New York (CNN) — At the 10 year anniversary of 9/11, a group of about two dozen female rescue workers walked onto the platform overlooking ground zero. Most had not seen the place in years, not since big iron beams rose into the sky to build the skeletons of a new office complex, not since the footprints of the Twin Towers were filled with black stone and waterworks, not since all the progress that followed those dark days back …
New York Police Department Deputy Inspector Terri Tobin was buried in the rubble of the old towers twice on September 11, 2001. She had a huge glass pane lodged in her back and cinder block cut her skull. She rose from the debris like some kind of superhero and rescued people who were in a panic — the injured, the desperate, the scared. At one point, she clung mightily to one man’s arm and said: “I’m with the NYPD. I’m not gonna let go.”
She didn’t let go. None of these women let go.
Capt. Brenda Berkman searched relentlessly for her fellow firefighters. She still cries, to this day, about the 343 who died. She knew most of them. Officer Carey Policastro searched the pile of debris for weeks, exposing herself to horrible conditions. Then she dedicated herself to preparing for the next attack, training first responders around the country.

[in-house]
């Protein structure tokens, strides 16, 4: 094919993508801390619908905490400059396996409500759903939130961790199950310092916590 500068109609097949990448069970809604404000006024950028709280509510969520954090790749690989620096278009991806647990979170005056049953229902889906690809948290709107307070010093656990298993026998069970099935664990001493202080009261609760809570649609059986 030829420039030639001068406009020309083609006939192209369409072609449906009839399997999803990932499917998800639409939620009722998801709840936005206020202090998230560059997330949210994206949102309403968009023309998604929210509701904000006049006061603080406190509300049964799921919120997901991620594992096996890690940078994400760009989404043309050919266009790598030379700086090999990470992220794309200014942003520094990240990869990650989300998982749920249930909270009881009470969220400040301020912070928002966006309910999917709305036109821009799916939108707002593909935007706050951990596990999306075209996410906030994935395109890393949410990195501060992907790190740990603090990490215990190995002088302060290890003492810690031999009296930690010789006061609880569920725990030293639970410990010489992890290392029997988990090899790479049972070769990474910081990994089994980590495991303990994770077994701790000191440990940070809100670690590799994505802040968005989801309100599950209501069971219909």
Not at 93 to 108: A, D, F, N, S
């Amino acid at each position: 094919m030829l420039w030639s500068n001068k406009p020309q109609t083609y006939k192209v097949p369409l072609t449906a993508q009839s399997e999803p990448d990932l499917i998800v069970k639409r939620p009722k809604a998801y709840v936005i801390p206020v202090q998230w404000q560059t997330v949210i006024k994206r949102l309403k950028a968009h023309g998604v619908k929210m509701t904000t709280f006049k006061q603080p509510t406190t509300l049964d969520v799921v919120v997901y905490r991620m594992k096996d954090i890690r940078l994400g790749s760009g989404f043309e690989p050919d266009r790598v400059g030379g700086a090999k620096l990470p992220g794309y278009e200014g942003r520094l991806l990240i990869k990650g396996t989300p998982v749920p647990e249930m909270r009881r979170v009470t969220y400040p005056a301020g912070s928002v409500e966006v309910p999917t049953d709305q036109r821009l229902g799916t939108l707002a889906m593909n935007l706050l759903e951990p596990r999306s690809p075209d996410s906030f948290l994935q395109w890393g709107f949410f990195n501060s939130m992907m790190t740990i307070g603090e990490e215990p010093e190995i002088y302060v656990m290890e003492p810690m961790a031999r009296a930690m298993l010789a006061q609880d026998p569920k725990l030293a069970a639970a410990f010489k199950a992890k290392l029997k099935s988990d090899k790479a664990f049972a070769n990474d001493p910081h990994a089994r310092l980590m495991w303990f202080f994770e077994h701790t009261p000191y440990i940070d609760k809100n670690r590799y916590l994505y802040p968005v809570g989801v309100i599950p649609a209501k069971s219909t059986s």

There were women from the Salvation Army and Alcohol, Tobacco and Firearms, emergency medical technicians and clergy.
There were plenty of female journalists there, too, including one of my producers, Rose Arce. She was featured in a book called “Women At Ground Zero” — along with all these first responders — written by Susan Hagen and Mary Carouba, two California authors who wanted to memorialize the accounts of the women. That book was published nearly 10 years ago and memory fades.
I don’t think there was any task that was performed down there by men that were not performed by women.
–Terri Tobin, NYPD
A few months ago one of the female firefighters from that book came to speak to the kindergarten class of my producer’s daughter. A little boy asked her how she could be a “fireman” if she was a girl.